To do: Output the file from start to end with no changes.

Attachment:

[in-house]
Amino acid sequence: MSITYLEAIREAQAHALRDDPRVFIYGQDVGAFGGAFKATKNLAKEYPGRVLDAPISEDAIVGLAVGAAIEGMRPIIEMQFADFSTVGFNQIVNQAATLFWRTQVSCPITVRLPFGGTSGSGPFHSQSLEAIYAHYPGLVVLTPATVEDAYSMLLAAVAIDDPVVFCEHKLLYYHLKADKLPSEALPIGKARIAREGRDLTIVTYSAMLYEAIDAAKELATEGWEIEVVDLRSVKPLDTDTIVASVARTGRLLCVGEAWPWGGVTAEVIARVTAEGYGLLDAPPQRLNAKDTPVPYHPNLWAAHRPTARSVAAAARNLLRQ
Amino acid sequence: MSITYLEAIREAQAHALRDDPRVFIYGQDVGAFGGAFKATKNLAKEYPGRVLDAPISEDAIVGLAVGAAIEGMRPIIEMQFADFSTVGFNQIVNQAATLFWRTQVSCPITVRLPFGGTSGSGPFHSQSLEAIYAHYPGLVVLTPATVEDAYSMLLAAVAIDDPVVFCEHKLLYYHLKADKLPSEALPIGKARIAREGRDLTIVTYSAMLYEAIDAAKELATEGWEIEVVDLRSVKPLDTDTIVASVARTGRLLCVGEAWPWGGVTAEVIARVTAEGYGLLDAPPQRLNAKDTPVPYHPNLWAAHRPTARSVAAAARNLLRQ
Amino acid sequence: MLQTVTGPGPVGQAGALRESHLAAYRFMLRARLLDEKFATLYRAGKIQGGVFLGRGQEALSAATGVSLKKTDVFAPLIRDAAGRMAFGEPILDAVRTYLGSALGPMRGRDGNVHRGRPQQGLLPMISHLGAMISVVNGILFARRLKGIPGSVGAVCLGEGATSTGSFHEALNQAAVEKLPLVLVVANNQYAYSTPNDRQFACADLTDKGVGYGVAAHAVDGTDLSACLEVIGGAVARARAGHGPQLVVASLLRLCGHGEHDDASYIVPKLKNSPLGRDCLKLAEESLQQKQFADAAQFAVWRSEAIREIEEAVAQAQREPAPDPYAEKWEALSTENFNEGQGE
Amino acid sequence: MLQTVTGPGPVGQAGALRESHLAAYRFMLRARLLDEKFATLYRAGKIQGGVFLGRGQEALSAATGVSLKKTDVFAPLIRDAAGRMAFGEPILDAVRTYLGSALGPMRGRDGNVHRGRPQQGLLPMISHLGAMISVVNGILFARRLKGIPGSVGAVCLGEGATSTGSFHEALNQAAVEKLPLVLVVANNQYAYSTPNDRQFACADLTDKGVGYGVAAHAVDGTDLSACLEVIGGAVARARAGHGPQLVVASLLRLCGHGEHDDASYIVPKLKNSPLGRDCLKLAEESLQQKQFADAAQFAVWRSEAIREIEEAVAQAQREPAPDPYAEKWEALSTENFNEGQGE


[in-house]
Amino acid sequence: MSITYLEAIREAQAHALRDDPRVFIYGQDVGAFGGAFKATKNLAKEYPGRVLDAPISEDAIVGLAVGAAIEGMRPIIEMQFADFSTVGFNQIVNQAATLFWRTQVSCPITVRLPFGGTSGSGPFHSQSLEAIYAHYPGLVVLTPATVEDAYSMLLAAVAIDDPVVFCEHKLLYYHLKADKLPSEALPIGKARIAREGRDLTIVTYSAMLYEAIDAAKELATEGWEIEVVDLRSVKPLDTDTIVASVARTGRLLCVGEAWPWGGVTAEVIARVTAEGYGLLDAPPQRLNAKDTPVPYHPNLWAAHRPTARSVAAAARNLLRQ
Amino acid sequence: MSITYLEAIREAQAHALRDDPRVFIYGQDVGAFGGAFKATKNLAKEYPGRVLDAPISEDAIVGLAVGAAIEGMRPIIEMQFADFSTVGFNQIVNQAATLFWRTQVSCPITVRLPFGGTSGSGPFHSQSLEAIYAHYPGLVVLTPATVEDAYSMLLAAVAIDDPVVFCEHKLLYYHLKADKLPSEALPIGKARIAREGRDLTIVTYSAMLYEAIDAAKELATEGWEIEVVDLRSVKPLDTDTIVASVARTGRLLCVGEAWPWGGVTAEVIARVTAEGYGLLDAPPQRLNAKDTPVPYHPNLWAAHRPTARSVAAAARNLLRQ
Amino acid sequence: MLQTVTGPGPVGQAGALRESHLAAYRFMLRARLLDEKFATLYRAGKIQGGVFLGRGQEALSAATGVSLKKTDVFAPLIRDAAGRMAFGEPILDAVRTYLGSALGPMRGRDGNVHRGRPQQGLLPMISHLGAMISVVNGILFARRLKGIPGSVGAVCLGEGATSTGSFHEALNQAAVEKLPLVLVVANNQYAYSTPNDRQFACADLTDKGVGYGVAAHAVDGTDLSACLEVIGGAVARARAGHGPQLVVASLLRLCGHGEHDDASYIVPKLKNSPLGRDCLKLAEESLQQKQFADAAQFAVWRSEAIREIEEAVAQAQREPAPDPYAEKWEALSTENFNEGQGE
Amino acid sequence: MLQTVTGPGPVGQAGALRESHLAAYRFMLRARLLDEKFATLYRAGKIQGGVFLGRGQEALSAATGVSLKKTDVFAPLIRDAAGRMAFGEPILDAVRTYLGSALGPMRGRDGNVHRGRPQQGLLPMISHLGAMISVVNGILFARRLKGIPGSVGAVCLGEGATSTGSFHEALNQAAVEKLPLVLVVANNQYAYSTPNDRQFACADLTDKGVGYGVAAHAVDGTDLSACLEVIGGAVARARAGHGPQLVVASLLRLCGHGEHDDASYIVPKLKNSPLGRDCLKLAEESLQQKQFADAAQFAVWRSEAIREIEEAVAQAQREPAPDPYAEKWEALSTENFNEGQGE